ULTIMATE GUIDE TO RETIREMENT
What are the different types of annuities?
There are two basic types of annuities: deferred and immediate. With a deferred annuity, your money is invested for a period of time until you are ready to begin taking withdrawals, typically in retirement.
If you opt for an immediate annuity you begin to receive payments soon after you make your initial investment. For example, you might consider purchasing an immediate annuity as you approach retirement age.
The deferred annuity accumulates money while the immediate annuity pays out. Deferred annuities can also be converted into immediate annuities when the owner wants to start collecting payments.
Within these two categories, annuities can also be either fixed or variable depending on whether the payout is a fixed sum, tied to the performance of the overall market or group of investments, or a combination of the two.
Are there tax benefits to annuities?
Yes. Money that you invest in an annuity grows tax-deferred. When you eventually make withdrawals, the amount you contributed to the annuity is not taxed, but your earnings are taxed at your regular income tax rate.
What are the advantages of annuities?
The biggest advantages annuities offer is that they allow you to sock away a larger amount of cash and defer paying taxes.
Unlike other tax-deferred retirement accounts such as 401(k)s and IRAs, there is no annual contribution limit for an annuity. That allows you to put away more money for retirement, and is particularly useful for those that are closest to retirement age and need to catch up. All the money you invest compounds year after year without any tax bill from Uncle Sam. That ability to keep every dollar invested working for you can be a big advantage over taxable investments.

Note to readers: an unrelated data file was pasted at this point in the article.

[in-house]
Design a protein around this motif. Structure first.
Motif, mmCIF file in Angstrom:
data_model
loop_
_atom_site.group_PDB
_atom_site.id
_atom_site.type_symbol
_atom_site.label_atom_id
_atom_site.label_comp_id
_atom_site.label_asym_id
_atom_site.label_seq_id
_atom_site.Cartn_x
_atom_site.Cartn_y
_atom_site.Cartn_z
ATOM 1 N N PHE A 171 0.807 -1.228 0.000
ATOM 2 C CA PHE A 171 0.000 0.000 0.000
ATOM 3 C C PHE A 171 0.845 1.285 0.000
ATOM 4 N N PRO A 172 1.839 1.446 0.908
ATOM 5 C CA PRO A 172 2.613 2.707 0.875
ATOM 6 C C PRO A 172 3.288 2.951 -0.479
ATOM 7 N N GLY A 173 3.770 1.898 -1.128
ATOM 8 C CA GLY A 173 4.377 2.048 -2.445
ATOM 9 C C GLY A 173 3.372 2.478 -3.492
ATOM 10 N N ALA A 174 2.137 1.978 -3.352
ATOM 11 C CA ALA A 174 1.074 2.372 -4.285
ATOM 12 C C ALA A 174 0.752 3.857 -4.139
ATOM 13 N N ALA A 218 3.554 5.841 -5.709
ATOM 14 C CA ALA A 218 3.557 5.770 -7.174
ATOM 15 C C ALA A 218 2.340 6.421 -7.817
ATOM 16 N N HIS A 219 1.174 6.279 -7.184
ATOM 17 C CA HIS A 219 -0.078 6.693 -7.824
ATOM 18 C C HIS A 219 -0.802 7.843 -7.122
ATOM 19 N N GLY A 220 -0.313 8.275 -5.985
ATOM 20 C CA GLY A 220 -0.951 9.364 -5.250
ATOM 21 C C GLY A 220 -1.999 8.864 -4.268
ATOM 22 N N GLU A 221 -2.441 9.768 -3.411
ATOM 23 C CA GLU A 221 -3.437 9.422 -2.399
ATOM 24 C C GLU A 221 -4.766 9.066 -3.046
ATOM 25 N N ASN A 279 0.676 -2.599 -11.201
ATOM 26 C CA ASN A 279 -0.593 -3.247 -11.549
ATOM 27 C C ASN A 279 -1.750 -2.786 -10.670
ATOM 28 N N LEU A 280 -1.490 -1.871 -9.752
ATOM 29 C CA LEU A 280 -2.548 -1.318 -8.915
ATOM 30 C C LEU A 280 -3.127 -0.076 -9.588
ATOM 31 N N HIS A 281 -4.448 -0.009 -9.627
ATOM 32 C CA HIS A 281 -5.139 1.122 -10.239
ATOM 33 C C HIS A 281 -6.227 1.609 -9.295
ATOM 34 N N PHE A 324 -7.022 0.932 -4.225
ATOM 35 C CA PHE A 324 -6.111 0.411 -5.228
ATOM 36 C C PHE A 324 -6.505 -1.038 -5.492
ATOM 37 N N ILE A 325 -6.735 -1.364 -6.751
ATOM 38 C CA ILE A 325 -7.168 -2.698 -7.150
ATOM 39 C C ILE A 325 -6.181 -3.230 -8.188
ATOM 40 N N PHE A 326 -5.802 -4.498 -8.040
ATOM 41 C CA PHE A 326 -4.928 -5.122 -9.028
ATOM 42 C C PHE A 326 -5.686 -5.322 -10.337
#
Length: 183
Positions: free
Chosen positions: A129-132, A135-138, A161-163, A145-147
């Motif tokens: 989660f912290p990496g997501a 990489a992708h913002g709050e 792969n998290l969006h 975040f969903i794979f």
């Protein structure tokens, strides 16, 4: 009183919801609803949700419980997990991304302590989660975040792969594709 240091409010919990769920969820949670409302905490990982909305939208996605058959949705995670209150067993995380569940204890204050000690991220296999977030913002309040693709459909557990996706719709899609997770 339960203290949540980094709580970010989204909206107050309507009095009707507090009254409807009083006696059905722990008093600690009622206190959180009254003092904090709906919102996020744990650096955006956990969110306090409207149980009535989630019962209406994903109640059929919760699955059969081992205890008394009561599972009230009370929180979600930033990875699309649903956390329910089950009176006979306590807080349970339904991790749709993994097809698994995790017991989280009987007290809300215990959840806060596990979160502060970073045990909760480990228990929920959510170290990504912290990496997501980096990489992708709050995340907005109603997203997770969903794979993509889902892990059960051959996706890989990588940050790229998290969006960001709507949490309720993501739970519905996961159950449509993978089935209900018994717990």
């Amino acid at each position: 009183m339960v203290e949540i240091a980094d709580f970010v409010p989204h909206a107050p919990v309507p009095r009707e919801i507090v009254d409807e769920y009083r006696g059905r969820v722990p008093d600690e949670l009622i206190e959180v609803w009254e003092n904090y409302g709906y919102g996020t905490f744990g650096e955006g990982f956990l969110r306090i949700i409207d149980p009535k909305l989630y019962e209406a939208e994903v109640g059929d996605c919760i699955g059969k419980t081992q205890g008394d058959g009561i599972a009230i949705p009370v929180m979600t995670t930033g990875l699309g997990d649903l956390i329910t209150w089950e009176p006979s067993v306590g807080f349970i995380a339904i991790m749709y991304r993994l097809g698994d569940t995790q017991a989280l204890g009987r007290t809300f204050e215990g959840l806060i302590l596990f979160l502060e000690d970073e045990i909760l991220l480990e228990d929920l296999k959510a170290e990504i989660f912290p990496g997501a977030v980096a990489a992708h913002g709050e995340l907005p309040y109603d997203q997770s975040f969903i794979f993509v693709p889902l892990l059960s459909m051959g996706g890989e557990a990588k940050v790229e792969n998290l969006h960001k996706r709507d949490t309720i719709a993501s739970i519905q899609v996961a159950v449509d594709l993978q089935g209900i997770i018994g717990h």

When you cash out, you can choose to take a lump-sum payment from your annuity, but many retirees prefer to set up guaranteed payments for a specific length of time or the rest of your life, providing a steady stream of income.
The annuity serves as a complement to other retirement income sources, such as Social Security and pension plans.
What payout options do I have?
When you invest in your annuity you also choose how you want your eventual payouts to be calculated. Your options include:
Income for guaranteed period (also called period certain annuity). You are guaranteed a specific payment amount for a set period of time (say, five years or 30 years). If you die before the end of the period your beneficiary will receive the remainder of the payments for the guaranteed period.
Lifetime payments. A guaranteed income payout during your lifetime only; there is no survivor benefit. The payouts can be fixed or variable. The amount of the payout is determined by how much you invest and your life expectancy. At the time of death all payments stop – your heirs don’t get anything.
Income for life with a guaranteed period certain benefit (also called life with period certain). A combination of a life annuity and a period certain annuity. You receive a guaranteed payout for life that includes a period certain phase. If you die during the period certain phase of the account, your beneficiary will continue to receive the payment for the remainder of the period. For example, life with a 10 year period certain is a common arrangement. If you die five years after you begin collecting, the payments continue to your survivor for five more years.
Joint and survivor annuity. Your beneficiary will continue to receive payouts for the rest of his or her life after you die. A popular option for married couples.